From the Vault: Alan Leveritt’s first day on the job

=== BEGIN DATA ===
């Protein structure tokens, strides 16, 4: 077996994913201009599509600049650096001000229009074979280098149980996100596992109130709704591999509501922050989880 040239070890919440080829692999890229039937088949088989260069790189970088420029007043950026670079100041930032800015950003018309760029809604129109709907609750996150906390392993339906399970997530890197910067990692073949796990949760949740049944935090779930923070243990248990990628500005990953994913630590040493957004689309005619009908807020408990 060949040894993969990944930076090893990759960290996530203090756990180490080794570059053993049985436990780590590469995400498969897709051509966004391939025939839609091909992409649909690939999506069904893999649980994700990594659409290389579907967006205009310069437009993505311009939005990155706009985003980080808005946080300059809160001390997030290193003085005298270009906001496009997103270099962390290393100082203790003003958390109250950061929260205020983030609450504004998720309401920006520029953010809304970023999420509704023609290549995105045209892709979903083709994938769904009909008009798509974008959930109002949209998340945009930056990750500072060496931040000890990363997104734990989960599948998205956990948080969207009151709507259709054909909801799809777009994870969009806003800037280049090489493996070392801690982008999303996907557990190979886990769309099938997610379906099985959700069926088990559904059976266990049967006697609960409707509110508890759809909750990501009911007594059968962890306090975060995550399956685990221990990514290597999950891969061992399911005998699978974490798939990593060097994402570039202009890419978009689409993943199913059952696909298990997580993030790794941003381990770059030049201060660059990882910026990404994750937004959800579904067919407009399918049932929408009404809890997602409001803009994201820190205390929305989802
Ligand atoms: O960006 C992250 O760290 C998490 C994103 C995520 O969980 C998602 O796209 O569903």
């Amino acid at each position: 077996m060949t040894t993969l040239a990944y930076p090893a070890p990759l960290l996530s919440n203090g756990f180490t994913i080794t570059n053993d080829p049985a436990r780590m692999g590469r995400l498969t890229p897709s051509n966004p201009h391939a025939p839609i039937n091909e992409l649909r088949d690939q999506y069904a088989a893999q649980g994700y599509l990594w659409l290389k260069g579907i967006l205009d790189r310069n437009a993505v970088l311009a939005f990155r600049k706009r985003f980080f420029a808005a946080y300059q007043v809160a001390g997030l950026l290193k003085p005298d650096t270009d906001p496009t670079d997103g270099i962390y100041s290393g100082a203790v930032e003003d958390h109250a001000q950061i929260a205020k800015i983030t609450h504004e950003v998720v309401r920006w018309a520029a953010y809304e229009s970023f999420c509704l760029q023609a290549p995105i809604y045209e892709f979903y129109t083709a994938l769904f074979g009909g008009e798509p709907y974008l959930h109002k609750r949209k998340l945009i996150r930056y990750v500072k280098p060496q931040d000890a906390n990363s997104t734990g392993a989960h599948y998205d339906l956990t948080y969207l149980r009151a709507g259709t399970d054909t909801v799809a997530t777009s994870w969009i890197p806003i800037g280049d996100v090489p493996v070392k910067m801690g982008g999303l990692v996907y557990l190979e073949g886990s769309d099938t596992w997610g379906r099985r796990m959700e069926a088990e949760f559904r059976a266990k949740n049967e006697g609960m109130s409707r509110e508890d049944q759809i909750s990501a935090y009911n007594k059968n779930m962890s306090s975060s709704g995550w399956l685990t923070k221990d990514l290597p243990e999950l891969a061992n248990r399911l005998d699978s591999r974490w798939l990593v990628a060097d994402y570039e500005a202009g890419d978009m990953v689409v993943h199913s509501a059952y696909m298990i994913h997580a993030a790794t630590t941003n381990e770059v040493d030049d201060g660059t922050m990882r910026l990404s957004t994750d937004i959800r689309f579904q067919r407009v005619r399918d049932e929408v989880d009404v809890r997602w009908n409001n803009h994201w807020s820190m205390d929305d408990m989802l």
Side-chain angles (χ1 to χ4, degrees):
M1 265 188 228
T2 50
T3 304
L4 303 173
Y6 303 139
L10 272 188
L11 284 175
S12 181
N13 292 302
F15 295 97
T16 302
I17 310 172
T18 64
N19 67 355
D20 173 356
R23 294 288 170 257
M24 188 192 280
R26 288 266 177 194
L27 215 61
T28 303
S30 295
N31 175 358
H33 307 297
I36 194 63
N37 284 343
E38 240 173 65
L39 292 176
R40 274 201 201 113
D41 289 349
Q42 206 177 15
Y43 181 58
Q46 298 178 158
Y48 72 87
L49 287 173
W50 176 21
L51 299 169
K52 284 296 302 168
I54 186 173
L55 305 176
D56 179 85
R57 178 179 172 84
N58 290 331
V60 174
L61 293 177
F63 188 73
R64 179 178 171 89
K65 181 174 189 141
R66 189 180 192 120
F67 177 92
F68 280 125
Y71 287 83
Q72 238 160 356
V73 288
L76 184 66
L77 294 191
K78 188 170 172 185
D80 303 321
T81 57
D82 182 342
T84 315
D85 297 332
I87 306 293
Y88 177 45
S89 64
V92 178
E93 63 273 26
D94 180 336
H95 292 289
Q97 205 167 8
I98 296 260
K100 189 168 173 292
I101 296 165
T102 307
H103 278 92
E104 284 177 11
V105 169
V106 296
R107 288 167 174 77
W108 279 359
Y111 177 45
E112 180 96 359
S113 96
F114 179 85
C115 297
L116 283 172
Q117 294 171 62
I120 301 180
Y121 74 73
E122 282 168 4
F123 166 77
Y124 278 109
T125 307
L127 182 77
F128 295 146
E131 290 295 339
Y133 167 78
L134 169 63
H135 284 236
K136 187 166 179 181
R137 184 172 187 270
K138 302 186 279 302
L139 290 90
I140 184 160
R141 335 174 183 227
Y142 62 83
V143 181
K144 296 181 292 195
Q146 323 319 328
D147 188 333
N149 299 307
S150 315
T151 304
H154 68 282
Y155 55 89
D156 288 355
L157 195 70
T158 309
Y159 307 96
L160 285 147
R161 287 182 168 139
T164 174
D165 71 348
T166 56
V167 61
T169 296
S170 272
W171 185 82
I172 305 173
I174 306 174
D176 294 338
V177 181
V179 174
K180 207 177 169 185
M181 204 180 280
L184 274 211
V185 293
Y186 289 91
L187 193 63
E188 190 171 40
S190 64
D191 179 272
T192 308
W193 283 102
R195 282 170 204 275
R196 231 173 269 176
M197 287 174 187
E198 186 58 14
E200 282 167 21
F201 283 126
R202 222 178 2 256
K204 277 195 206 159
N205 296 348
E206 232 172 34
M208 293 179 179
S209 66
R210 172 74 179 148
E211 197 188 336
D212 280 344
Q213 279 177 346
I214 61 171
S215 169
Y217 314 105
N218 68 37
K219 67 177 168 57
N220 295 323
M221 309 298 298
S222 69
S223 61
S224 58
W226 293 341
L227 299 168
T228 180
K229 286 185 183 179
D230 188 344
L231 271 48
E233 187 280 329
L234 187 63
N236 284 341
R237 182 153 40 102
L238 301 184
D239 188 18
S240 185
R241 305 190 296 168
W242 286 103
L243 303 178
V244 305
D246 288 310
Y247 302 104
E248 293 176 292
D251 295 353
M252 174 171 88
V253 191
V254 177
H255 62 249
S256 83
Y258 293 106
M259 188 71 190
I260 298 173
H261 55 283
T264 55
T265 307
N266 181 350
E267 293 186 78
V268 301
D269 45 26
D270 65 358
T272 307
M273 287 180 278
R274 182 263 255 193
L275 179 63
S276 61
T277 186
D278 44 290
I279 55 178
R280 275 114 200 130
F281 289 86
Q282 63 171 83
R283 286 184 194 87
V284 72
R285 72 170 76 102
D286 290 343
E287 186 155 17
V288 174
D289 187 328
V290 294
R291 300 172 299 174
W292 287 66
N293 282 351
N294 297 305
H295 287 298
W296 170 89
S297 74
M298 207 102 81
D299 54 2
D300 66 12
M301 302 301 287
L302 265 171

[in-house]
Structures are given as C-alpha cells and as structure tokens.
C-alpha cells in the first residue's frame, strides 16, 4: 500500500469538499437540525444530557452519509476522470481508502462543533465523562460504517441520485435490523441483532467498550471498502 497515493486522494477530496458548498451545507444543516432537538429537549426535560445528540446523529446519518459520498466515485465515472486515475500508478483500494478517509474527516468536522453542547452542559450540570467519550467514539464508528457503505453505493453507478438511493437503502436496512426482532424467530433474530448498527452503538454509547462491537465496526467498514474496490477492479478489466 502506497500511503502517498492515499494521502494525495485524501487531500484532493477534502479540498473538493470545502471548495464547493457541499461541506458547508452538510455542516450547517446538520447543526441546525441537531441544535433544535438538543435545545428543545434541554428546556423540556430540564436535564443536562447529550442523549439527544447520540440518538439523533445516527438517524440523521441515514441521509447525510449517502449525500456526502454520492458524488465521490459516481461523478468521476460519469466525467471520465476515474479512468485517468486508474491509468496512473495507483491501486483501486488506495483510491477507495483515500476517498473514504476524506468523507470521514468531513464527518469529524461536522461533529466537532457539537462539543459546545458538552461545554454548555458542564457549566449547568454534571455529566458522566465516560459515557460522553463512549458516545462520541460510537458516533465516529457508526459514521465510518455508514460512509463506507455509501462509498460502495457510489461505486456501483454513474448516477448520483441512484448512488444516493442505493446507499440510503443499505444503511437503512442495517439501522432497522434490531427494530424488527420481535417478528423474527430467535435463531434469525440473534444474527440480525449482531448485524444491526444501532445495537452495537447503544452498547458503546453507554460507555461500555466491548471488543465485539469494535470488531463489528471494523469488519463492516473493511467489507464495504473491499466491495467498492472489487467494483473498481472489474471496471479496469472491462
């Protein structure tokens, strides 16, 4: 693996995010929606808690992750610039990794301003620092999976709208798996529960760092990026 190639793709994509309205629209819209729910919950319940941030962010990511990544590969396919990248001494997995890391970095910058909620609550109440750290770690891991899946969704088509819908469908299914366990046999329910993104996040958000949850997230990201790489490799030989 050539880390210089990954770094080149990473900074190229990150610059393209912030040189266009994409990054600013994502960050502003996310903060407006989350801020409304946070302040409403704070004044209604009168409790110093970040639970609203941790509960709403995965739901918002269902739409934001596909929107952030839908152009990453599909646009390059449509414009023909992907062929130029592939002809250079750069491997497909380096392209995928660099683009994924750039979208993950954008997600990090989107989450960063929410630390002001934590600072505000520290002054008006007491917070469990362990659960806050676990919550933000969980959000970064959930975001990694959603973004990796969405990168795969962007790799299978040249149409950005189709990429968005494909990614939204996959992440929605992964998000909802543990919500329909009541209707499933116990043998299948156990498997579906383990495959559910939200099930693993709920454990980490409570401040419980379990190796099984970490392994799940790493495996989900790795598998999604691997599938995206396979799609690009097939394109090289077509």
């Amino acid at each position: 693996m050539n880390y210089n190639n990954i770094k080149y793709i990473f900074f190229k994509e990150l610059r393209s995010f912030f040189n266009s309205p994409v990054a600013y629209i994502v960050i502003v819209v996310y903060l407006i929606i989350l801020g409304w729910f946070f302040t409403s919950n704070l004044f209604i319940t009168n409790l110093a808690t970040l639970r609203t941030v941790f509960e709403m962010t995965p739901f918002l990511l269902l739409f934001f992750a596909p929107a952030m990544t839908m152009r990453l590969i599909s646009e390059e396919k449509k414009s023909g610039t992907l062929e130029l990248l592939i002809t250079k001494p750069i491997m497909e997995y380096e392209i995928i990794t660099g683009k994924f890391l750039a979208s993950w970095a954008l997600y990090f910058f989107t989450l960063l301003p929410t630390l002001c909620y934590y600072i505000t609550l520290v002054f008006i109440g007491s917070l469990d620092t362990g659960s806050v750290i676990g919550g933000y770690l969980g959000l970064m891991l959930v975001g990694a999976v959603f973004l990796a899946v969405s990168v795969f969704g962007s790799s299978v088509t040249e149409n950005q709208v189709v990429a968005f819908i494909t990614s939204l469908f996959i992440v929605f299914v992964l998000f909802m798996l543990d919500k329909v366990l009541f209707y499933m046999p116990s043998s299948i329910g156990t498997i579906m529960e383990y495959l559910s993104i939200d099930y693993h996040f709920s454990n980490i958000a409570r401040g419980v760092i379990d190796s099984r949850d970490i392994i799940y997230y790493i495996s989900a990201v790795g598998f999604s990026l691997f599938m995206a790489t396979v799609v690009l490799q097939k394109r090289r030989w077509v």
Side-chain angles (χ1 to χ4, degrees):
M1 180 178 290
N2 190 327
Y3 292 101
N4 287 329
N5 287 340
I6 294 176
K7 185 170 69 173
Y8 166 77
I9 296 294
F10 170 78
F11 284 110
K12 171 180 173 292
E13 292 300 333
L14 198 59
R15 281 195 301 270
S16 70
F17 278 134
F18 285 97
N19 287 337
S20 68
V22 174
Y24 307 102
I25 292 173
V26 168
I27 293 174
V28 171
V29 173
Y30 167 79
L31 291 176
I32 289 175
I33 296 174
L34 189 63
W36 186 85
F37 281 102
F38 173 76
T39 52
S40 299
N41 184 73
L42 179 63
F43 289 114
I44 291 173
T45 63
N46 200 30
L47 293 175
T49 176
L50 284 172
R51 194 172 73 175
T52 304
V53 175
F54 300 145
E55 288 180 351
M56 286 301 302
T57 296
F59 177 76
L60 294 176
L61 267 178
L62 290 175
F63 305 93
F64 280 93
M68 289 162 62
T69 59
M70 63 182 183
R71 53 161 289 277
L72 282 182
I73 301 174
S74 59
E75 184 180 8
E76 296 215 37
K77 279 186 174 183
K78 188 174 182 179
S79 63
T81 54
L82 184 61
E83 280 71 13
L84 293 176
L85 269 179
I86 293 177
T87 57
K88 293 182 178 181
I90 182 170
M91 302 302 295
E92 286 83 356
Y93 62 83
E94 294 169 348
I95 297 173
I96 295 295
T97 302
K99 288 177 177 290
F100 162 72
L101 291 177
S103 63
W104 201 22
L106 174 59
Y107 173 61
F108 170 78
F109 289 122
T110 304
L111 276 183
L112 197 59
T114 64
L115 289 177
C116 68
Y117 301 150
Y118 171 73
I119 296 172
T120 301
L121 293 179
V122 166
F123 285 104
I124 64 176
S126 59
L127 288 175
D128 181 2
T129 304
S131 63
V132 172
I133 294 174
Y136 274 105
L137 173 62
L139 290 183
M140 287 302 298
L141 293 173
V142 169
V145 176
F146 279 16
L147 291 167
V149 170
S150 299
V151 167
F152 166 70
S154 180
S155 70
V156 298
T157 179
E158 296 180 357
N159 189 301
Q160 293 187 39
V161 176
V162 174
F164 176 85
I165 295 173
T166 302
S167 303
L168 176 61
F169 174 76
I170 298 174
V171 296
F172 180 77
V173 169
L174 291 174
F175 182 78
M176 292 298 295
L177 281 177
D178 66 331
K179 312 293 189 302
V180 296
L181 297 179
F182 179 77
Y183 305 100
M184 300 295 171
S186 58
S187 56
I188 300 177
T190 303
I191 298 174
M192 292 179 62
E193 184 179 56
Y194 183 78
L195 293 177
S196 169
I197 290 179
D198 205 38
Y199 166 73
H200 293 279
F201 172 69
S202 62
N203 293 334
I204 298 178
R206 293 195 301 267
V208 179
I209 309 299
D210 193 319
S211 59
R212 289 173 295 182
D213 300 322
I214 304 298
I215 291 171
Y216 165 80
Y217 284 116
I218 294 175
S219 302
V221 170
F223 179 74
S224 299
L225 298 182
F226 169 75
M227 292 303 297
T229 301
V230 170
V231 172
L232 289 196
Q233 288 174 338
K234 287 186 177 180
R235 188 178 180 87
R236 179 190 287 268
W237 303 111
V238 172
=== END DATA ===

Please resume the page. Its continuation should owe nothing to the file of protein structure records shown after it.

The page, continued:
HERE’S TO 50 YEARS: Alan Leveritt (left), Mara Leveritt (then known as Margaret Arnold, at center), David Glenn (right) and other Arkansas Times staffers meet in September 1974 at The Shack. Originally, the Arkansas Times was going to be a monthly comic book. I’d been publishing Essence, an independent student newspaper at UALR, when I met Patrick McKelvey, who ran a sort of artist/musician collective called Art Farm (which later became the Greasy Greens). I was hitchhiking from UALR one day when Patrick picked me up in this big, shambling 1950s Oldsmobile. By the time he dropped me off at my apartment downtown, he was our newly minted editorial cartoonist, and he was going to help me gather a group of artists to create a comic ’zine about life and politics in Arkansas. The concept was fluid, though, and when I saw the debut issue of Texas Monthly the next year, the idea for the Arkansas Times became clear to me. We were going to tell the story of Arkansas — its culture, its history, its politics and the people who lived here. How could life be any better? Advertisement So, in the spring of 1974, I sent a letter to every journalism school in the country inviting young writers to come to Arkansas to start a magazine and become an owner. We had no money, so everyone would be paid with a monthly stock certificate. Really, the only requirement for working here back then was having another means of support. We got a response from a guy at Washington and Lee University, another at New York University and a young woman in Boston. I decided to hitchhike to each location, interview the prospects and give them the pitch on why they needed to come to Little Rock and […]

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